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Reports on suicide pact get it wrong: VSB Chair Bacchus

Vancouver School Board Chair Patti Bacchus is challenging some of the information made public about a suicide pact involving Aboriginal youth from Britannia Secondary School in East Vancouver.

The pact, made public last week, was discovered in late September and reportedly involved 30 mostly Aboriginal students at Britannia. Bacchus says in reality roughly six students were from Britannia, while others came from different Vancouver schools Bacchus can't identify or weren't enrolled in Vancouver schools.

"This has been a tough issue for us because we are constrained by privacy issues in many cases, so we haven't been able to put out a lot of information vacuum that some people have been filling with not necessarily accurate information," Bacchus told The Tyee this morning.

Few of the youth involved had actually discussed taking part in the pact, Bacchus says, with the rest involved in a larger conversation about it on Facebook. Britannia was notified of the pact by a concerned relative, and the school then engaged service agencies, and then the Vancouver Police Department, who Bacchus says were required under the provincial Mental Health Act to bring some youth to the BC Children's Hospital for assessment.

"It's a fairly aggressive way they have to deal with it under their requirements where they have to round up kids," she said, adding all but two were released the same afternoon.

"There had been work done between several agencies who had come up with a list of all the kids who had even been involved in the conversation, whether they were identified as being at actual risk or not, and that list was somewhere between 25 and 30 (youth) from what I understand."

In a press conference given yesterday by Aboriginal Live In Vancouver Enhancement Society (ALIVE), executive director Scott Clark told the media "there is no one on the community side to support those young people, and this is what we're calling on: an integrated strategy between the doctors, the healthcare professionals, the service organizations, community centres, to develop that strategy so that these young people and their families aren't left hanging once an event as traumatic as this happens."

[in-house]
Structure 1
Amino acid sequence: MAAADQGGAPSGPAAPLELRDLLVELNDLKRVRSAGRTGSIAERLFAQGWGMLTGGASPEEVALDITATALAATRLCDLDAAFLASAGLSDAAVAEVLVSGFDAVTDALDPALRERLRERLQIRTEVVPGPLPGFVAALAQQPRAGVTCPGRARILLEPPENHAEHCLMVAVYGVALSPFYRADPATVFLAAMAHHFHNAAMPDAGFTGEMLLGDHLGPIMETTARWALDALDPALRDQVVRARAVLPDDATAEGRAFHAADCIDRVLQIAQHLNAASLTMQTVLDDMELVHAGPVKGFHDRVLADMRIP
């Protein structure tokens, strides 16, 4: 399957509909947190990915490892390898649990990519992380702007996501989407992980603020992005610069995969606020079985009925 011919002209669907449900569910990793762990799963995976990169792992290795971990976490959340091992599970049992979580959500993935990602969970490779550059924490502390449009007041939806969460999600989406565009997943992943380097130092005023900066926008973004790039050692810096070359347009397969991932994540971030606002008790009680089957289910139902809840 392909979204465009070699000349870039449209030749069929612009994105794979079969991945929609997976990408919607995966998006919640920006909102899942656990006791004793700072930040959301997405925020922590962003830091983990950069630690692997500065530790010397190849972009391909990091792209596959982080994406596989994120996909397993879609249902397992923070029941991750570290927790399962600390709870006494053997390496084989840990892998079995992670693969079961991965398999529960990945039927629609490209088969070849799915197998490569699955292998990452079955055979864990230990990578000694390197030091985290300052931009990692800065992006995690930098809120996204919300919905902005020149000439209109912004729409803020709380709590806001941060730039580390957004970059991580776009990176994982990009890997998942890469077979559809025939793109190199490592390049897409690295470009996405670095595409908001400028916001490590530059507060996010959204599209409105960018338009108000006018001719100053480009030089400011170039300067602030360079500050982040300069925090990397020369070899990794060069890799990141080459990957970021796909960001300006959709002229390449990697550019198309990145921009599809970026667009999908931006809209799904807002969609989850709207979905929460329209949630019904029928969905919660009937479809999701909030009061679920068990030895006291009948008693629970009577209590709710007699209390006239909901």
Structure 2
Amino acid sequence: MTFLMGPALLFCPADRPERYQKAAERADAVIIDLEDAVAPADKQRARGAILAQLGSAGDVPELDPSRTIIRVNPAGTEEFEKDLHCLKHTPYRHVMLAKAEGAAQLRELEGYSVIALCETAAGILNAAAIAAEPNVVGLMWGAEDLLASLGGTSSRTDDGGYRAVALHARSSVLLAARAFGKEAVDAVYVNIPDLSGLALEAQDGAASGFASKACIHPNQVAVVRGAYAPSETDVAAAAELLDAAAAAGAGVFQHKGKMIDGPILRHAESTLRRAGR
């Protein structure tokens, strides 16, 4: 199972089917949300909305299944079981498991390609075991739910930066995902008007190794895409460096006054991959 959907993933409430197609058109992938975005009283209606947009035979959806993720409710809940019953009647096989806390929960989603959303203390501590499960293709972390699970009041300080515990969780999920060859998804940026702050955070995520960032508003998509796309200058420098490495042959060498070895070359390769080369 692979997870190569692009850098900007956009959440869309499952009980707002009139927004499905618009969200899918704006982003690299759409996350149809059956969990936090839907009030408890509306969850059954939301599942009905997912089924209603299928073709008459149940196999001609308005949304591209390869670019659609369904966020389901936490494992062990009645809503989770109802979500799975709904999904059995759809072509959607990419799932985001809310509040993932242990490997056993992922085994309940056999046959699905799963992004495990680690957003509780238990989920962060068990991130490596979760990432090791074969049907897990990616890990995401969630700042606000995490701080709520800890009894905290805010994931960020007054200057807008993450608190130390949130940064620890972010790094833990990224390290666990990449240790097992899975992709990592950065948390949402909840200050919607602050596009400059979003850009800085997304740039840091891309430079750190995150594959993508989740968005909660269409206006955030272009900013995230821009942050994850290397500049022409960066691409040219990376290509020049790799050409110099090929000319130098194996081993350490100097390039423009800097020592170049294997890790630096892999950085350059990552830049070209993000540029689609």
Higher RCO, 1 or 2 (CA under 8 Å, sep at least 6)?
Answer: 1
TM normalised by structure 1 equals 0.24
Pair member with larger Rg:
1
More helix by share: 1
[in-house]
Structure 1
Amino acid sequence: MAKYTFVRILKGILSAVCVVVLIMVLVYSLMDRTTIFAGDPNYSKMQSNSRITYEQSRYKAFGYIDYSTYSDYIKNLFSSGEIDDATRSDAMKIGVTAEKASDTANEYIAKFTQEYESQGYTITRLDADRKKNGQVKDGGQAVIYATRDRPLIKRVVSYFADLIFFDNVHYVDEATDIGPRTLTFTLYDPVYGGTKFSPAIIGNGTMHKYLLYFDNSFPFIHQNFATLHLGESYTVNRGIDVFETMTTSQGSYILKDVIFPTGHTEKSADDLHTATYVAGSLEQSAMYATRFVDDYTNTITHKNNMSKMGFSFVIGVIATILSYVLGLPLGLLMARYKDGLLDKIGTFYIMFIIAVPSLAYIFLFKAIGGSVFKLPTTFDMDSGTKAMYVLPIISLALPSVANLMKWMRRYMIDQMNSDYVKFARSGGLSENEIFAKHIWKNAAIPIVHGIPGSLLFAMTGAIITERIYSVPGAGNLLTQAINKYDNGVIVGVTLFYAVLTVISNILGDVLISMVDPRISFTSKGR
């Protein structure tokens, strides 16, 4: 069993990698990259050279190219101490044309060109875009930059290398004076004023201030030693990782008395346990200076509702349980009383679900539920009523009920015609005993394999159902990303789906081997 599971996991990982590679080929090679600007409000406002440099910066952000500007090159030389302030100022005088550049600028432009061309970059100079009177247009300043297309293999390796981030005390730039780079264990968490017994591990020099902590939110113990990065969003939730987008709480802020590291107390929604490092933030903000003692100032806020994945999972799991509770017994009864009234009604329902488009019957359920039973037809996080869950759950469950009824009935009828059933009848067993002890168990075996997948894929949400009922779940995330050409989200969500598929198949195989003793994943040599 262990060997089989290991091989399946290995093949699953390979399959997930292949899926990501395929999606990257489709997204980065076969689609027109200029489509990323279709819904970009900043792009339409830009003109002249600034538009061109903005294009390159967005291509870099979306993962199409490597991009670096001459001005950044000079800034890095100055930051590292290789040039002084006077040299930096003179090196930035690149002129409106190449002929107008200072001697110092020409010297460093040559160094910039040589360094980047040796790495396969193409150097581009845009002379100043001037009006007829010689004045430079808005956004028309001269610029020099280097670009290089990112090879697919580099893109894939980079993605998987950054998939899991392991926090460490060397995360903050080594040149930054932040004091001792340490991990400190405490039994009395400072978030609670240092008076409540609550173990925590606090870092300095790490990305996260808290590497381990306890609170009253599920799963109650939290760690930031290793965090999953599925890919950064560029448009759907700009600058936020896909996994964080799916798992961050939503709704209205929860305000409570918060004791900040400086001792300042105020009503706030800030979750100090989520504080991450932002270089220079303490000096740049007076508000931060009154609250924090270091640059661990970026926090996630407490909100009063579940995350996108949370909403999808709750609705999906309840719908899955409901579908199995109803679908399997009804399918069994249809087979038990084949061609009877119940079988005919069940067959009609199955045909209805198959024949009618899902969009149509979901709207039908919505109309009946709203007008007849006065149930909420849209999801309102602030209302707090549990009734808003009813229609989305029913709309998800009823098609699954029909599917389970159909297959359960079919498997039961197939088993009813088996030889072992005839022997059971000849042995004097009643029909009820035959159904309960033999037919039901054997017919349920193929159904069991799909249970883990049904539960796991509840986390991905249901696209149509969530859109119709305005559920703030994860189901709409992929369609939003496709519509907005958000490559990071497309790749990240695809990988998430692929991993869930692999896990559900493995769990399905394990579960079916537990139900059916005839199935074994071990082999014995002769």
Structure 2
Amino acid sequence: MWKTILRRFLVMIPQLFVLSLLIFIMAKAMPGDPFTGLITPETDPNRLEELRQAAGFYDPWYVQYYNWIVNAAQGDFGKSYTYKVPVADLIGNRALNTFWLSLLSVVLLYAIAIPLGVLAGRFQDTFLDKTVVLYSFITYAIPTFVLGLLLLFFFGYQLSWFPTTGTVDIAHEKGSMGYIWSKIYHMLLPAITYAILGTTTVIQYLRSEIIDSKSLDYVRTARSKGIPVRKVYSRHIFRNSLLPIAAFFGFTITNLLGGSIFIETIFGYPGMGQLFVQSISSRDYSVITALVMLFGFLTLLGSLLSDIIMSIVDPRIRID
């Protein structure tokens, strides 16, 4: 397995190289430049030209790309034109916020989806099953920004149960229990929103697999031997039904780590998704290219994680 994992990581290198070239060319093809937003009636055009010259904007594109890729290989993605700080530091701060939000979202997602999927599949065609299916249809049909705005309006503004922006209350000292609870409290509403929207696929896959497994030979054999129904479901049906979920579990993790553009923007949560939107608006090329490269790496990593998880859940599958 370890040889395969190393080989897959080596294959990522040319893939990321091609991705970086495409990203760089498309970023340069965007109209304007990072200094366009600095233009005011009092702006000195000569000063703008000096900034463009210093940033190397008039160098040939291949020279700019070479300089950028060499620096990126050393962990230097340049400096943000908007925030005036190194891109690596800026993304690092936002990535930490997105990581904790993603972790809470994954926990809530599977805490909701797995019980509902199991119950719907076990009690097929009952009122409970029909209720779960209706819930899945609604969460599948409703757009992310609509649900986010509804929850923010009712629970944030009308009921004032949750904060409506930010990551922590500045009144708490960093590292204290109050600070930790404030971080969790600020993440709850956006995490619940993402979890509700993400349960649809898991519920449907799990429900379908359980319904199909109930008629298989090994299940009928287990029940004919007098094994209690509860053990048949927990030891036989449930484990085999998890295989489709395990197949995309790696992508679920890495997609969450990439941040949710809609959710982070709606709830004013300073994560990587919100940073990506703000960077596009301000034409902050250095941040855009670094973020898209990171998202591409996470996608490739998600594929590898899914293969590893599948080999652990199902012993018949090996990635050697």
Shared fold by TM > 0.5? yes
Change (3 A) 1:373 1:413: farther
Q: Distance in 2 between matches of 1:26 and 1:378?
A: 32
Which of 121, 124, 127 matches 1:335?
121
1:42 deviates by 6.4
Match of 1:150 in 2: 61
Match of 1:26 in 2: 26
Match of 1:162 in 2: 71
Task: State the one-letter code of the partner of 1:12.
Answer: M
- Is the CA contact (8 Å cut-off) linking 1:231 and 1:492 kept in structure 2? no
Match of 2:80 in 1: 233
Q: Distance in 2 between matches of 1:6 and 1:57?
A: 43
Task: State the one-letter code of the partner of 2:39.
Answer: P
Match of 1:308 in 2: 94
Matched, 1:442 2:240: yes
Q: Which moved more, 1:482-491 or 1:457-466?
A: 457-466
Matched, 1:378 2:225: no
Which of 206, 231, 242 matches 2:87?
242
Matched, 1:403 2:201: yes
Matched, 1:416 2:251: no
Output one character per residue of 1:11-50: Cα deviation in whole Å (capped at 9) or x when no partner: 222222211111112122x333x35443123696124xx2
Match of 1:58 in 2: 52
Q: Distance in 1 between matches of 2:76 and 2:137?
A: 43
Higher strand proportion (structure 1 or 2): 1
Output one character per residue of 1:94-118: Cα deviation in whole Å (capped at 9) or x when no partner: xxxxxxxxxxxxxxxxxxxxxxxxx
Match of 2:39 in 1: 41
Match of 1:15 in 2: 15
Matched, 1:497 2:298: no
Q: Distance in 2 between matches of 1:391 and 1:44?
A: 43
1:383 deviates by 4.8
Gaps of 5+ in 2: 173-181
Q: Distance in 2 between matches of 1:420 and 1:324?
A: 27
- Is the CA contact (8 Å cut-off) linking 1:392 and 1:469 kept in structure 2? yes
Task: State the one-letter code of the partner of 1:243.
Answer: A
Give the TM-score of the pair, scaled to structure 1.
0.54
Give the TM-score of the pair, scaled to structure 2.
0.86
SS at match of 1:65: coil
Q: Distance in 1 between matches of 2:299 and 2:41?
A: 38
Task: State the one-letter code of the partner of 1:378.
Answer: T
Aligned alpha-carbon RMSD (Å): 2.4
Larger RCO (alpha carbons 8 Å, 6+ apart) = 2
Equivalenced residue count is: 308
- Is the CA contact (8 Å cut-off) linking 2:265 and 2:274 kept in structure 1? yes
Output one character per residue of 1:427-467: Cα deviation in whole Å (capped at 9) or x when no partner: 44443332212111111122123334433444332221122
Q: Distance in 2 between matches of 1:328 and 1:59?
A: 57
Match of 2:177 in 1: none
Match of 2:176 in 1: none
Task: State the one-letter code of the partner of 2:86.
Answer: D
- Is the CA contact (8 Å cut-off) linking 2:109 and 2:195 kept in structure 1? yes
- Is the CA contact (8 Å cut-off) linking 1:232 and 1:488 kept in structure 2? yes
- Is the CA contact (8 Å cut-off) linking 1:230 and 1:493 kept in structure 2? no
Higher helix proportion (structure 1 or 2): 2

But Bacchus says that isn't the case and it's frustrating for those involved with these kids that people believe no one is helping them.

"I know Scott Clark, and I know he's passionate about these issues and he's trying to do something, but it has got people upset who were part of working with these kids very sensitively, have relationships, to see that this suggestion that there was a vacuum and that they were getting no support, which isn't the case," she said, adding Vancouver Coastal Health Authority, the Vancouver Police Department, the school board, the Ministry of Children and Family Development, and Vancouver Aboriginal Child and Family Services are just some of the organizations providing support to the youth and their families.

Bacchus admits, though, that there could be better communication between service providers, saying there was some confusion over who was responsible for taking some of the youth for mental health assessments. Like Clark, Bacchus and the school board are concerned about preventing future mental health incidents in the short and long term, especially for the youth who aren't in school.

"We're interested in the report last week from the Representative for Children and Youth about how do we get to some of these deeper issues and provide more intensive support short term for the kids right now who are having challenges, but also how do we deal with the toddlers who are in pre-schools now so we don't see this 10 years down the road from now," she says.

Katie Hyslop reports on education and youth issues for The Tyee Solutions Society. Follow her on Twitter.

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